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Chapter 9

By Debbie Daniels,2014-07-10 06:14
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Chapter 9

Chapter 9

Solutions to Exercises 1 and 2

See chapter text for answers

    Solution to Exercise 3(a)

The intrinsic value of the call option is the greater of (a) the current share

    price minus the present value of the exercise price and (b) zero. With the risk

    free interest rate at 4% pa, the present value of the exercise price of 650p is

    about 644p, so the intrinsic value is (697 - 644)p = 53p. The rest of the value

    of the call option is made up of its time value, which is (58 - 53)p = 5p.

    Solution to Exercise 3(b)

Using the principle of Put-Call Parity (equation 9.1 on p335), we can write:

     SPCPVX?????

And

    697P58644???

    P5?

So the fair price of a put option with the same exercise price and date as the

    call would be 5p.

    Solution to Exercise 3(c)

Mr Wellie has an option to buy for 650p a share whose market value is now

    only 625p, so he will not exercise it. If he is still interested in buying the

    shares, he can buy them in the market for 625p each. His overall loss on the

    option transaction is the 58p premium he paid, or ?580 on 1,000 shares.

    Solution to Exercise 3(d)

Ms Stiefel has an option to sell for 650p a share whose market value is now

    only 625p, so she will exercise it. She makes a profit of 25p per share on the

    share itself, and a net profit of 20p per share after paying the premium, a total

    net profit of ?200 on 1,000 shares.

Solution to Exercise 4(a)(i) and (ii)

If the investor buys 2,000 shares at 320p, and the price subsequently rises to

    350p, he will make a profit of (2,000 x 30)p = ?600.

    If the investor buys 280p call options on 2,000 shares at a premium of 50p each, and the price of the option subsequently rises to 80p, he will make the same profit of (2,000 x 30)p = ?600.

Solution to Exercise 4(b)

    The principal advantage of buying options is that the investor cannot lose more than the premium of 50p per share, whereas if he buys the shares and the price goes down below 280p, he is exposed to the full amount of the loss. Conversely, if the share price goes up, his percentage return on the money actually invested is much greater for the option than for the share.

Solution to Exercise 5(a)

    We follow the same method as explained in the text, starting with Step 2 on page 327

    Step 2 Calculate spread of outcomes from purchase of call

    option

    If the share value goes up to 625p, the result is a profit of 125p. If the share goes down to 400p, the option will not be exercised and will expire worthless; the outcome is therefore neither profit nor loss. So the result will be either a profit of 125p or a profit of zero, and the spread between the possible outcomes is 125p.

    Step 3 Calculate the equivalent share portfolio

    We then calculate how many shares we would have to buy in order to replicate precisely the same spread of outcomes. If we were to buy one share at 500p, the upstep would produce a profit of 125p and the downstep a loss of 100p so the spread would be 225p. This is too wide a spread, so we need to buy only a fraction of a share. The size of the required fraction is obtained by dividing the spread of outcomes for one option by the spread of outcomes for one share.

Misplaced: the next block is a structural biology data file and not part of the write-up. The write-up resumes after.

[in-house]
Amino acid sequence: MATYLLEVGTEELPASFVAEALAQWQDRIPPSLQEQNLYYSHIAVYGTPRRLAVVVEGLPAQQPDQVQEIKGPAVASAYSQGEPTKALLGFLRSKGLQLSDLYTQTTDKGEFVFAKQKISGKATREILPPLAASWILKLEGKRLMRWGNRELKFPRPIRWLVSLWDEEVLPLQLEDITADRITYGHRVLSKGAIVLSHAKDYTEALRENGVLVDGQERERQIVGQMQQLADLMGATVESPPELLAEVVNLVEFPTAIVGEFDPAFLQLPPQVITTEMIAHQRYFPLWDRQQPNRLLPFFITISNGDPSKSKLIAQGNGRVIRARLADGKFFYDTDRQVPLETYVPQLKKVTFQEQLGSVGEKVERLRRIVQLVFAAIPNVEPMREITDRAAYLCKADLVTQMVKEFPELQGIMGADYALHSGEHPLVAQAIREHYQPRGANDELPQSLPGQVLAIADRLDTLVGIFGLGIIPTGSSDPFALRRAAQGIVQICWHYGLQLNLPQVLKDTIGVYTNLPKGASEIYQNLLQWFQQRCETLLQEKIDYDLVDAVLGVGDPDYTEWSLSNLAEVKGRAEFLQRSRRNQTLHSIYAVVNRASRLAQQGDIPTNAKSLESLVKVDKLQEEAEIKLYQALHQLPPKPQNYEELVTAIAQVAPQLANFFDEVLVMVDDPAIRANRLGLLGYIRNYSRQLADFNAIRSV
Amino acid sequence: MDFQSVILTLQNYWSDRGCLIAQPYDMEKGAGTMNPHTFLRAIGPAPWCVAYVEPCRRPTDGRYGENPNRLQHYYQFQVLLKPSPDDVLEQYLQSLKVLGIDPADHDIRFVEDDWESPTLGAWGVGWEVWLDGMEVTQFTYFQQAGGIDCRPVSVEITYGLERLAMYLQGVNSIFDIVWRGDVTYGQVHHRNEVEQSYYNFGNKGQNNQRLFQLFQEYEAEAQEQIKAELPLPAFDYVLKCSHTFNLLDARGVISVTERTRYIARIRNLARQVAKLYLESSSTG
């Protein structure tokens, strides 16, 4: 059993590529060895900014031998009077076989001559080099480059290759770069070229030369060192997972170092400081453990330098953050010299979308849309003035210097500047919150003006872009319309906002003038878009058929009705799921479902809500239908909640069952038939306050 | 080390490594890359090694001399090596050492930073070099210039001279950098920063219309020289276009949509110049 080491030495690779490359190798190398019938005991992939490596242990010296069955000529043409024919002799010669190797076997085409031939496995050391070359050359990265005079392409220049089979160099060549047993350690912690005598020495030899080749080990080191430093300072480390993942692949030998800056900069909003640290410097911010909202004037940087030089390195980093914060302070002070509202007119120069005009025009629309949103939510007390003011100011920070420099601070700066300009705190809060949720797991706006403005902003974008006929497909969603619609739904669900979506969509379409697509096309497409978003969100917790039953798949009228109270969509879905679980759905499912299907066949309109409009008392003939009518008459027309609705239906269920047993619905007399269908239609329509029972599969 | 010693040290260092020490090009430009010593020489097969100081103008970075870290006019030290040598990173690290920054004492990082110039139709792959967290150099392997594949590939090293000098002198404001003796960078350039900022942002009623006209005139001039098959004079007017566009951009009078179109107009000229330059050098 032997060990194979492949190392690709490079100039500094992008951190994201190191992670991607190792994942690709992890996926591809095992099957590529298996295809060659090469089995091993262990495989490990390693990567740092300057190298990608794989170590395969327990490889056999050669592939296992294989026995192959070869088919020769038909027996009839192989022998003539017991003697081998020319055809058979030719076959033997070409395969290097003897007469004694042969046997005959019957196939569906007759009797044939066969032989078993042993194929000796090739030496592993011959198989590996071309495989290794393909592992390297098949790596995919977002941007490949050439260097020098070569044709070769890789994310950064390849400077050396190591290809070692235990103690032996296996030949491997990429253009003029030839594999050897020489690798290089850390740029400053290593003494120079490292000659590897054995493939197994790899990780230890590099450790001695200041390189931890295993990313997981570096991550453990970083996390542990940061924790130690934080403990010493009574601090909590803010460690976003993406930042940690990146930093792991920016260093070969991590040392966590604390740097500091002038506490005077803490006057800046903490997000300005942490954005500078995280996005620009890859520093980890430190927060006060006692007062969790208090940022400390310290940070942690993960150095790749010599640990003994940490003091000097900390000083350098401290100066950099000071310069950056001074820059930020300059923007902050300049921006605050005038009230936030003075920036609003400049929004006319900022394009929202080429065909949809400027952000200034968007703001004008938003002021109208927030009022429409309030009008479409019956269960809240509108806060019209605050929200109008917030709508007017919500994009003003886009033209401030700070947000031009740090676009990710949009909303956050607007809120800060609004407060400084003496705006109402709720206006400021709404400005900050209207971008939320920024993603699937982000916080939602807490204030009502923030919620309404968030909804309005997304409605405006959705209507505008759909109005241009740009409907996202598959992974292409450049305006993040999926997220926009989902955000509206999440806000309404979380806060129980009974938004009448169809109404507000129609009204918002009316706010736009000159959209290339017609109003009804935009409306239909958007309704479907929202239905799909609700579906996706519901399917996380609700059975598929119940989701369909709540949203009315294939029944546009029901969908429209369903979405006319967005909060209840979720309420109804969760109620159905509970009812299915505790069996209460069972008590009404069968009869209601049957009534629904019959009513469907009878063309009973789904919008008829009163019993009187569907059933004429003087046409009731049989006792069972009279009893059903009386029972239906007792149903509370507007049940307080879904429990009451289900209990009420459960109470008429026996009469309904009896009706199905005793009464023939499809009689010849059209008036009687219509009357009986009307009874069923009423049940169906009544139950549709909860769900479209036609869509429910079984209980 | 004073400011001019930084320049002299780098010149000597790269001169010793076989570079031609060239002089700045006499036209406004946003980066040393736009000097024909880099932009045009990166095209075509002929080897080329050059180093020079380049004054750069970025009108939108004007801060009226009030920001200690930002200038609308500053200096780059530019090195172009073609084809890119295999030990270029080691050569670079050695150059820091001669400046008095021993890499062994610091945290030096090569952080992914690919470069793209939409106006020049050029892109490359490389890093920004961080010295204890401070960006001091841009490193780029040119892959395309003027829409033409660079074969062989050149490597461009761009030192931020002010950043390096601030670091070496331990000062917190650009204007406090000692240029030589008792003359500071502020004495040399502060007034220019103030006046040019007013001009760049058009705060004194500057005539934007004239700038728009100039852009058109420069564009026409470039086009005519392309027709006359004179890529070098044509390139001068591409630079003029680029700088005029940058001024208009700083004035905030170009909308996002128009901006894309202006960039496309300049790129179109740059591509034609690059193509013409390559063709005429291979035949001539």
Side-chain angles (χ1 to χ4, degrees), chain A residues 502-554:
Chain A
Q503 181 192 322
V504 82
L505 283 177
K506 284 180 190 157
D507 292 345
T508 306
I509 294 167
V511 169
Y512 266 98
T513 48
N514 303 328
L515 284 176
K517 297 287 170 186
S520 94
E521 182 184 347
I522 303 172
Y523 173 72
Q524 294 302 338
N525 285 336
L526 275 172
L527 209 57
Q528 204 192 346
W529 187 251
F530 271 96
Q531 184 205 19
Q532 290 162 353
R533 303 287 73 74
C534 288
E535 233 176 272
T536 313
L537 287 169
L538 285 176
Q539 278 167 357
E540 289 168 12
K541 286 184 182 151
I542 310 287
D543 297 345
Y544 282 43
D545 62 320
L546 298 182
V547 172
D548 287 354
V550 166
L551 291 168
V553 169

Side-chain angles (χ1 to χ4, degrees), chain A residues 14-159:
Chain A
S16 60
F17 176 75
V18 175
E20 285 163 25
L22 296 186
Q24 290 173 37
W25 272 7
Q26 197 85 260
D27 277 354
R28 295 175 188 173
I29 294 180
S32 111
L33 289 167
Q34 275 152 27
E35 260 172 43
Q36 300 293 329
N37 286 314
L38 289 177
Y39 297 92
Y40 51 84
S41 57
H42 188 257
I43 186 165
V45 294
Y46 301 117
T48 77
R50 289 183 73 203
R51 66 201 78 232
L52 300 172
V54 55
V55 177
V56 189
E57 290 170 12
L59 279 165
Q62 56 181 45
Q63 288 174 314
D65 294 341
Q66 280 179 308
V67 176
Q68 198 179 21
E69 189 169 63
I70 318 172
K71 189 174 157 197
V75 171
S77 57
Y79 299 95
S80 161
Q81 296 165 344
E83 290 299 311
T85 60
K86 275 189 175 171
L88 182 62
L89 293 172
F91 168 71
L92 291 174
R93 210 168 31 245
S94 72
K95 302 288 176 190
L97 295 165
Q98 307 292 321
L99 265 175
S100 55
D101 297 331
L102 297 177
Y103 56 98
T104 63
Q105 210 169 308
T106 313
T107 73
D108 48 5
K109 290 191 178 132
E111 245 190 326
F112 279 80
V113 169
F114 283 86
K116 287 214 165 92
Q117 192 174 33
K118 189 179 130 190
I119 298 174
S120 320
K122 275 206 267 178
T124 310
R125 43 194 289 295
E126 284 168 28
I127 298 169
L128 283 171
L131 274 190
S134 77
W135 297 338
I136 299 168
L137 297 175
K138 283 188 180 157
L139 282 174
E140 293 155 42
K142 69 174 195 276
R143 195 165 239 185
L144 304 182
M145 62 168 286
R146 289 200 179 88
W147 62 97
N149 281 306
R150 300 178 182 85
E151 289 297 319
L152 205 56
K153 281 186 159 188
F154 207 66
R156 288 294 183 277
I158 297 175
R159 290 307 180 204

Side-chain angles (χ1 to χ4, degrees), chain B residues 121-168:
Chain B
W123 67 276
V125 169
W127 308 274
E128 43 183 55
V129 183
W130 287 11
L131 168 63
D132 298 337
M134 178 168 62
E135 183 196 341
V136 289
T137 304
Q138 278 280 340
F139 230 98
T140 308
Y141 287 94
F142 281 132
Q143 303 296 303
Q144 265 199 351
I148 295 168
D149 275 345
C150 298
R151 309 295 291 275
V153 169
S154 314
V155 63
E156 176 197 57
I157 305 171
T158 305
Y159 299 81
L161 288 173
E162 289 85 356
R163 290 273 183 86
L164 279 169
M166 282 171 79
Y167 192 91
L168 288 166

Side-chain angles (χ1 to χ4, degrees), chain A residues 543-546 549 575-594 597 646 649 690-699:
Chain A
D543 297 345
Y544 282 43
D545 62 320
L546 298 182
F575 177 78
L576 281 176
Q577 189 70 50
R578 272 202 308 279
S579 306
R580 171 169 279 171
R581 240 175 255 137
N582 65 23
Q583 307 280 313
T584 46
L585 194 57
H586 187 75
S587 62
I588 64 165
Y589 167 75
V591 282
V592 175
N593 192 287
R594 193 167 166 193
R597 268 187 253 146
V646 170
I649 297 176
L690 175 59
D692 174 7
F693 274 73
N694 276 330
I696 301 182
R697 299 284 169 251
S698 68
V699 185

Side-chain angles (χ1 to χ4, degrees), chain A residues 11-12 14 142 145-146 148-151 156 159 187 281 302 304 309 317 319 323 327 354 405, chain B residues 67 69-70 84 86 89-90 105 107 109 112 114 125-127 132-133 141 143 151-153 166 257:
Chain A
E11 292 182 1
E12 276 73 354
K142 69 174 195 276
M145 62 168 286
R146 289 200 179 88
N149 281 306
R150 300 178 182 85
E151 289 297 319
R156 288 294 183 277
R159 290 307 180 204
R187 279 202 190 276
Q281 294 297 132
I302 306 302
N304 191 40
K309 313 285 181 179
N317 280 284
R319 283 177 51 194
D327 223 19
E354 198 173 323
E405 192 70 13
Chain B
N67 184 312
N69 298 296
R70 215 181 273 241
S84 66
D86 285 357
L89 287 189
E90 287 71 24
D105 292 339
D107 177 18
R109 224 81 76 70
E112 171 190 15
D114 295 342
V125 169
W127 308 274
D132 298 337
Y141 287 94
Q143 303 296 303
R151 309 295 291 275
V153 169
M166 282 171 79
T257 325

Spread of option outcomes 1250???0.5556 125100??

    Spread of share outcomes

We can prove this as follows:

    Cost of 0.5556 shares at 500p per share = 277.8p

    Value of 0.5556 shares at 625p (upstep) = 347.2p Value of 0.5556 shares at 400p (downstep) = 222.2p

    Difference between upstep and downstep values = 125.0p

    Step 4 Calculate bank loan

The next step is to calculate how much the share purchaser must borrow at

    the outset, such that when it is repaid with interest in three months’ time, it will exactly use up all the proceeds of selling the fractional share at the lower

    price leaving the purchaser in exactly the same position as the option buyer, with nothing at all. So we assume that our share purchaser partially finances

    his fractional share purchase by borrowing the present value of 222.2p. Using

    222.2pthe risk-free rate of interest, this gives us a value for the initial bank loan of ?222.0p 0.043? ??1???12??

The outcomes for the share purchaser are now identical with those for the

    option purchaser. In the event of the downstep, the share purchaser will be

    left with nothing after repaying his bank loan with interest. In the event of the

    upstep, he will have a share worth 347.2p, he will have to pay out 222.2p to

    redeem his borrowing, and will be left with exactly 125p profit.

    Step 5 Calculate option premium from initial investment

We can now calculate the option value. The share purchaser has borrowed

    222.0p from the bank and has bought a fractional share for 277.8p. The

    shortfall of 57.8p he must provide from his own resources as his initial net

    investment in the overall strategy. On the basis that the outcome of this

    strategy is, on the assumptions we have made, in all cases identical with the